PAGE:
Utah transportation officials push for Little Cottonwood gondola
State transportation officials are recommending a controversial, $550-million gondola to relieve traffic congestion in Little Cottonwood Canyon.
- But first, they want to try adding buses.
What's happening: The Utah Department of Transportation released its analysis Wednesday of various traffic-reducing options, with the gondola as its first choice.
- The report also reviewed plans to build a new bus lane or a train up the north side of the canyon.
The other side: Local officials and conservation groups say the gondola will be an eyesore and amounts to a taxpayer subsidy for lucrative ski resorts.
- They also raised concerns about how construction in the watershed would impact drinking water.
Details: The gondola would run from North Cottonwood Canyon Road, near the LaCaille restaurant, to Snowbird and Alta.
- The parking structure at the base would house 2,500 cars.
- It would still take close to an hour to get up the canyon, UDOT projected.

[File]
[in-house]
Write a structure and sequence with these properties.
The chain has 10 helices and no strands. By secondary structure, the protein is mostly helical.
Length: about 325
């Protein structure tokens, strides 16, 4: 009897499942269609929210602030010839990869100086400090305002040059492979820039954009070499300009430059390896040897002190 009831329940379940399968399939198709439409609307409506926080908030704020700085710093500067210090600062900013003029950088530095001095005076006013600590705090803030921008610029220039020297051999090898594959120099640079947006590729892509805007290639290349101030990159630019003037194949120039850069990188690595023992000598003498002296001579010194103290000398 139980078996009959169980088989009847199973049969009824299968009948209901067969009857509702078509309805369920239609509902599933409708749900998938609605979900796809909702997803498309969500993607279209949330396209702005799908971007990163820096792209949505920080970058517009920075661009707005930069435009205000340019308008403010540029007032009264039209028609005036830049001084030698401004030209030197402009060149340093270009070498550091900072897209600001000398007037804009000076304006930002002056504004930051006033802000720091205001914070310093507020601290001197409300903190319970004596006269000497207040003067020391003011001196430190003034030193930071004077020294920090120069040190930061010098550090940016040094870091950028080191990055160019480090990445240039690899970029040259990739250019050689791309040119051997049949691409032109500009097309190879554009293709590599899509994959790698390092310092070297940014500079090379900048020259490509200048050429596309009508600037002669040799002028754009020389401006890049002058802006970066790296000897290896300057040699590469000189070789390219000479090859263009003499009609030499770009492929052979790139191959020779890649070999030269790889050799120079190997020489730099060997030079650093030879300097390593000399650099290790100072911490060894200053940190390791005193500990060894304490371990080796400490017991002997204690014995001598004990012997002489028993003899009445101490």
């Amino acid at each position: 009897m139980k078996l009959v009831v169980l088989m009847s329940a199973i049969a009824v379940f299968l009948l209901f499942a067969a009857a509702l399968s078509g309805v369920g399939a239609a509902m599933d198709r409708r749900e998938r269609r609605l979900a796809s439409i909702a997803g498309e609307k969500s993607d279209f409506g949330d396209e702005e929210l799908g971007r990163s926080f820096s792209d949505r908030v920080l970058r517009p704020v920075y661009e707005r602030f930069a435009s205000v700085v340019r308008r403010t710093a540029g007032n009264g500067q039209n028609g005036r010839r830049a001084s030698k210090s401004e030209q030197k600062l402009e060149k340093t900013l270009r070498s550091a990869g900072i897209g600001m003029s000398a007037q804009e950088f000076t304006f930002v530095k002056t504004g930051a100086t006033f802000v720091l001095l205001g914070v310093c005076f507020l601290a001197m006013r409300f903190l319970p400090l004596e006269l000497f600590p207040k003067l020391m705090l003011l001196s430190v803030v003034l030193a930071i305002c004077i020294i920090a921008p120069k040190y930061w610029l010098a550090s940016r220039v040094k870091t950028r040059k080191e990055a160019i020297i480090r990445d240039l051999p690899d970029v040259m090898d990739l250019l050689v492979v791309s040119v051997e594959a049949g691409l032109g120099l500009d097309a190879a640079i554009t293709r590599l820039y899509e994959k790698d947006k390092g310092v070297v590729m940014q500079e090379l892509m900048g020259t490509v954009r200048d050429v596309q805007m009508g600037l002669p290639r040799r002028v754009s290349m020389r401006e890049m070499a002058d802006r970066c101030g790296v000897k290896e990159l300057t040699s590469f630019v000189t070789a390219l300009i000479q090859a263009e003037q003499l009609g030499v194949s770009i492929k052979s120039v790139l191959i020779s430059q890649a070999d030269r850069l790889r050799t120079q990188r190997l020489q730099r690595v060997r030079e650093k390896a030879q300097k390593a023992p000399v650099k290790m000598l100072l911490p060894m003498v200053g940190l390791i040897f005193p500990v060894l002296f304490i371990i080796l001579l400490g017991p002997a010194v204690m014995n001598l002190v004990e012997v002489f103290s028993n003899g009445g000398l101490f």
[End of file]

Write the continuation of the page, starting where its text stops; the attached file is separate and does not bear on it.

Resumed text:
Yes, but: There is no funding yet, so UDOT is recommending an "enhanced" ski bus service first, with buses leaving every five minutes during peak traffic, from the gravel pit on Wasatch Boulevard and 9400 S. Highland Dr.
- That would roughly triple the frequency of buses, which previously run at 15-minute intervals.
Between the lines: A toll of $25-$30 during peak traffic hours would be needed to persuade at least 30% of drivers to switch to public transit, Josh Van Jura, the state's manager over the Little Cottonwood traffic plan, said in an informational video.
- Tolls were popular among the more than 13,000 people who commented during the study.
- Both Big and Little Cottonwood canyons would probably have to be tolled so Big Cottonwood isn't overrun.
By the numbers: Traffic in Little Cottonwood frequently exceeds 10,000 cars per day, so the gondola would only accommodate about a quarter of that traffic — and the share will shrink as traffic gets heavier.
- Just adding extra buses — the cheapest option — will cost $355 million, UDOT estimated, plus $14 million to operate and maintain them.
- Adding a lane for extra buses produced the fastest travel time of all the options UDOT studied — but local leaders have opposed that, too.
What's next: UDOT is accepting public comment from Sept. 2-Oct. 17 and expects to make a final decision this winter.
What they're saying: "Let's invest in electric buses and regional transit hubs throughout the valley. These initiatives can make a difference. So file your comment, carpool and take the bus this winter, and let's prevent the gondola," Salt Lake County Mayor Jenny Wilson tweeted Wednesday.
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